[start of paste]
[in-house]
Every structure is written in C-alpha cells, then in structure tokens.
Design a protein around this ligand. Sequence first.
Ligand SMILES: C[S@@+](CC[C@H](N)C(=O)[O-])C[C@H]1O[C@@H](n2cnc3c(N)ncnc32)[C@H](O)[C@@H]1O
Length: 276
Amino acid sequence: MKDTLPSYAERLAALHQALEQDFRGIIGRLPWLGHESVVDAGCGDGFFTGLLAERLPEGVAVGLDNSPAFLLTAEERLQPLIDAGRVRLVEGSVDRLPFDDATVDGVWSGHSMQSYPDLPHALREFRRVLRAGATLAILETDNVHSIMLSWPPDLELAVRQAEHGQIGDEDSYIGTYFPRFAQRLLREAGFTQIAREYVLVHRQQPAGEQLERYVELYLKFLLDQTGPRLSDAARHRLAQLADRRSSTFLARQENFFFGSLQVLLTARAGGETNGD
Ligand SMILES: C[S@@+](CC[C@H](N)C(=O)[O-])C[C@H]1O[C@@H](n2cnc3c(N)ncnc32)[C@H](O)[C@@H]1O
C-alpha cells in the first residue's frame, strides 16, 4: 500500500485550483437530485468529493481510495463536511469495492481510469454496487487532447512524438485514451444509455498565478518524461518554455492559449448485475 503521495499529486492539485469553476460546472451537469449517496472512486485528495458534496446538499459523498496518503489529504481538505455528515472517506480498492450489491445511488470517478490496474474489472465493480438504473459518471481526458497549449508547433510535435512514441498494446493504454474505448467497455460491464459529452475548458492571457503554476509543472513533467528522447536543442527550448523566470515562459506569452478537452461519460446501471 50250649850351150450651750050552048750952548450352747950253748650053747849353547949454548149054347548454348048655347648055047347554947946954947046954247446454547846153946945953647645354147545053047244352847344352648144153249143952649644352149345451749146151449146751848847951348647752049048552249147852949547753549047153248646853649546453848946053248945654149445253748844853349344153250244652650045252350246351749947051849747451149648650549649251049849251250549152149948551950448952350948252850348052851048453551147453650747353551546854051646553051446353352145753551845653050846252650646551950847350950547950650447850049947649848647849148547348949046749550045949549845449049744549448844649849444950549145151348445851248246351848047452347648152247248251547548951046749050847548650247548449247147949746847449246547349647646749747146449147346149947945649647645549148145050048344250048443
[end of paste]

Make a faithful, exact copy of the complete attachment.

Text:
[in-house]
Every structure is written in C-alpha cells, then in structure tokens.
Design a protein around this ligand. Sequence first.
Ligand SMILES: C[S@@+](CC[C@H](N)C(=O)[O-])C[C@H]1O[C@@H](n2cnc3c(N)ncnc32)[C@H](O)[C@@H]1O
Length: 276
Amino acid sequence: MKDTLPSYAERLAALHQALEQDFRGIIGRLPWLGHESVVDAGCGDGFFTGLLAERLPEGVAVGLDNSPAFLLTAEERLQPLIDAGRVRLVEGSVDRLPFDDATVDGVWSGHSMQSYPDLPHALREFRRVLRAGATLAILETDNVHSIMLSWPPDLELAVRQAEHGQIGDEDSYIGTYFPRFAQRLLREAGFTQIAREYVLVHRQQPAGEQLERYVELYLKFLLDQTGPRLSDAARHRLAQLADRRSSTFLARQENFFFGSLQVLLTARAGGETNGD
Ligand SMILES: C[S@@+](CC[C@H](N)C(=O)[O-])C[C@H]1O[C@@H](n2cnc3c(N)ncnc32)[C@H](O)[C@@H]1O
C-alpha cells in the first residue's frame, strides 16, 4: 500500500485550483437530485468529493481510495463536511469495492481510469454496487487532447512524438485514451444509455498565478518524461518554455492559449448485475 503521495499529486492539485469553476460546472451537469449517496472512486485528495458534496446538499459523498496518503489529504481538505455528515472517506480498492450489491445511488470517478490496474474489472465493480438504473459518471481526458497549449508547433510535435512514441498494446493504454474505448467497455460491464459529452475548458492571457503554476509543472513533467528522447536543442527550448523566470515562459506569452478537452461519460446501471 50250649850351150450651750050552048750952548450352747950253748650053747849353547949454548149054347548454348048655347648055047347554947946954947046954247446454547846153946945953647645354147545053047244352847344352648144153249143952649644352149345451749146151449146751848847951348647752049048552249147852949547753549047153248646853649546453848946053248945654149445253748844853349344153250244652650045252350246351749947051849747451149648650549649251049849251250549152149948551950448952350948252850348052851048453551147453650747353551546854051646553051446353352145753551845653050846252650646551950847350950547950650447850049947649848647849148547348949046749550045949549845449049744549448844649849444950549145151348445851248246351848047452347648152247248251547548951046749050847548650247548449247147949746847449246547349647646749747146449147346149947945649647645549148145050048344250048443